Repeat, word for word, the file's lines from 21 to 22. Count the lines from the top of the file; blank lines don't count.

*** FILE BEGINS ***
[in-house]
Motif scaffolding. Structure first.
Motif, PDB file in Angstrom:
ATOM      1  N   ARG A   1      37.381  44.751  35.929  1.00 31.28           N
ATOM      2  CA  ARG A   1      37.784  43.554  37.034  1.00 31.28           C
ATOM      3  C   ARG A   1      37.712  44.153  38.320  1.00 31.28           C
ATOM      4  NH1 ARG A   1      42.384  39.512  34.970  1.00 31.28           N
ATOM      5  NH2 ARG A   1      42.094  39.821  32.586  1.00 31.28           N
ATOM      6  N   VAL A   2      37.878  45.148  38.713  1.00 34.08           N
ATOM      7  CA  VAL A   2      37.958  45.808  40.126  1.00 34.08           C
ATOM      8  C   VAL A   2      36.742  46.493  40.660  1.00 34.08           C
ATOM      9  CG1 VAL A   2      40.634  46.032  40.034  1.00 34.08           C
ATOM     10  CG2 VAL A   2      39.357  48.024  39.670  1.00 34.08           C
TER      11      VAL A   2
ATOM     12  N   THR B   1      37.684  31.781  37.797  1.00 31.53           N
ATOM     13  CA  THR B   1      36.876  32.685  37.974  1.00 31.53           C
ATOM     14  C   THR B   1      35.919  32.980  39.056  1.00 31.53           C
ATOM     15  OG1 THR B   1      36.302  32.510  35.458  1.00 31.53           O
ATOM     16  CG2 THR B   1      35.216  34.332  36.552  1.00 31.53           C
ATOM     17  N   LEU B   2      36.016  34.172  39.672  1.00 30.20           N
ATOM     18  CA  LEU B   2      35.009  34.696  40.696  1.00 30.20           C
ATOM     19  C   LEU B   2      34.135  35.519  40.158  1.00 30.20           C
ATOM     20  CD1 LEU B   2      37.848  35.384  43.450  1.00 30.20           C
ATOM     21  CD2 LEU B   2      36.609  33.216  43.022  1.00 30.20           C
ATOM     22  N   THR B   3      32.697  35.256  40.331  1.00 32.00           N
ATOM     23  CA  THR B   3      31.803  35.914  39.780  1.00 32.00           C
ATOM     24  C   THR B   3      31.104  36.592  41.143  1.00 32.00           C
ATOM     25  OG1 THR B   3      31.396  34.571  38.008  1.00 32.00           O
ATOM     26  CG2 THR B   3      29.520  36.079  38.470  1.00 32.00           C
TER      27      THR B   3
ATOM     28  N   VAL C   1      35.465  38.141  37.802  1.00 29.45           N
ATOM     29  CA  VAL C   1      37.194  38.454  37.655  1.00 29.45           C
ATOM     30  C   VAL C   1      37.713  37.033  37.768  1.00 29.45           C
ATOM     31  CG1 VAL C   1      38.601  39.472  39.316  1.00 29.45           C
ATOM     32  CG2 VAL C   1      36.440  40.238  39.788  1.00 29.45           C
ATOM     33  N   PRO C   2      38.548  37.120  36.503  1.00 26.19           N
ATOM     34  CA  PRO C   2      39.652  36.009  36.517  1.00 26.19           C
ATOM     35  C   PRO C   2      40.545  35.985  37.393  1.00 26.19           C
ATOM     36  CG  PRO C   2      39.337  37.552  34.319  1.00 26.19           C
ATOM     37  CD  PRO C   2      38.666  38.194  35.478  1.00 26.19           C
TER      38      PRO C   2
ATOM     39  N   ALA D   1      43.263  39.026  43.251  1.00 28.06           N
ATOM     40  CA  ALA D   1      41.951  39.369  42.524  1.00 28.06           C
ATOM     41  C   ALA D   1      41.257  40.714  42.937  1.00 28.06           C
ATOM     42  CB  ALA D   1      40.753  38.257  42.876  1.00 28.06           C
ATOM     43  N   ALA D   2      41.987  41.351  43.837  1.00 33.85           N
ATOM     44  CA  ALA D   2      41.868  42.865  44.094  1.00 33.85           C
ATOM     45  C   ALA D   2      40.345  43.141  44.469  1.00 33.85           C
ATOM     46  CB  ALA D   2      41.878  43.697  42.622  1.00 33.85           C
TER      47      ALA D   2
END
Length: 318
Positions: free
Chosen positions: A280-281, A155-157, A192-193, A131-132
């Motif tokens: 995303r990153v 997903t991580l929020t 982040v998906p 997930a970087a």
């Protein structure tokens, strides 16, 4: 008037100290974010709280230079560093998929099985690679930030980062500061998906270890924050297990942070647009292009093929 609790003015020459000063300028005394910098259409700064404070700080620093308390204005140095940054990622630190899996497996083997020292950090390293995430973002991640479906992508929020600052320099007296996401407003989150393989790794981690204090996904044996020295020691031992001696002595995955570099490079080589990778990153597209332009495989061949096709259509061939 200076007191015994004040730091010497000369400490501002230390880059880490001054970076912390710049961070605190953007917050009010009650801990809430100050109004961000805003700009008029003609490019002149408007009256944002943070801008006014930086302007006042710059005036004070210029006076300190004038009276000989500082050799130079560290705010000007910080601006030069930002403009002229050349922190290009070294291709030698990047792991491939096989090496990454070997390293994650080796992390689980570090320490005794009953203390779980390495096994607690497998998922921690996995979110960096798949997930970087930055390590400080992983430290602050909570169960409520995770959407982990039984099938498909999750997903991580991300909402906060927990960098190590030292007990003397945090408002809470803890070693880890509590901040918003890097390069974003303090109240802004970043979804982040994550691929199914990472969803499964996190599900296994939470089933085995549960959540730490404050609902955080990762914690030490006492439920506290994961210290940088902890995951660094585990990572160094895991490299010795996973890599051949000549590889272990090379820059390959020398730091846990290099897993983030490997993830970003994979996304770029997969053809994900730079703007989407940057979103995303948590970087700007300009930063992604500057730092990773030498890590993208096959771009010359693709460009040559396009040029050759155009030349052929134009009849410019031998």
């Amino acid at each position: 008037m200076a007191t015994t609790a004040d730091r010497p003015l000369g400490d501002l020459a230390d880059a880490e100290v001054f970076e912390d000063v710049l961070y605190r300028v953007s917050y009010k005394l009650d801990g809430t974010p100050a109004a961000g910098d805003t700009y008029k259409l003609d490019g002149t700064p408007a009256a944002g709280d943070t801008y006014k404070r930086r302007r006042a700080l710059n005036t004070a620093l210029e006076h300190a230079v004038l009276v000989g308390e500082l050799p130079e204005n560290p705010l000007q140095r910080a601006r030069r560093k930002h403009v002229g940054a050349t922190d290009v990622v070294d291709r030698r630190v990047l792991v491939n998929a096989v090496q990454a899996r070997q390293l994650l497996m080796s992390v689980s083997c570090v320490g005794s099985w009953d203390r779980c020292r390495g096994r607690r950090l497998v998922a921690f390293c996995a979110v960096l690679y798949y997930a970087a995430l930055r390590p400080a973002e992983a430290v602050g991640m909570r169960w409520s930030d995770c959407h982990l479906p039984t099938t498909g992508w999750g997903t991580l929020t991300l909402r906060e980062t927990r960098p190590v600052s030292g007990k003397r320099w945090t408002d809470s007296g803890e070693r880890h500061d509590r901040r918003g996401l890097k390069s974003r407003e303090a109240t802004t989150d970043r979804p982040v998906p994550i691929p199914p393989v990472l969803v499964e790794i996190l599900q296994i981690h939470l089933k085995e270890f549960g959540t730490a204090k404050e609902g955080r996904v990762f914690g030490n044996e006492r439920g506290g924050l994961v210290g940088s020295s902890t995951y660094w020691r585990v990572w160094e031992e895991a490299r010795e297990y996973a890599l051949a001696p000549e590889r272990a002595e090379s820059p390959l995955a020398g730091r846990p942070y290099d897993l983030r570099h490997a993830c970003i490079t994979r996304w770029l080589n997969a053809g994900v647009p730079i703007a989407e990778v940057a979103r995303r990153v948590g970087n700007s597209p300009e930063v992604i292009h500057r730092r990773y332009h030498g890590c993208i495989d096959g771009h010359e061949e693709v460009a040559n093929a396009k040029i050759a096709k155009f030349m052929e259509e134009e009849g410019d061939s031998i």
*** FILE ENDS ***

ATOM     18  CA  LEU B   2      35.009  34.696  40.696  1.00 30.20           C
ATOM     19  C   LEU B   2      34.135  35.519  40.158  1.00 30.20           C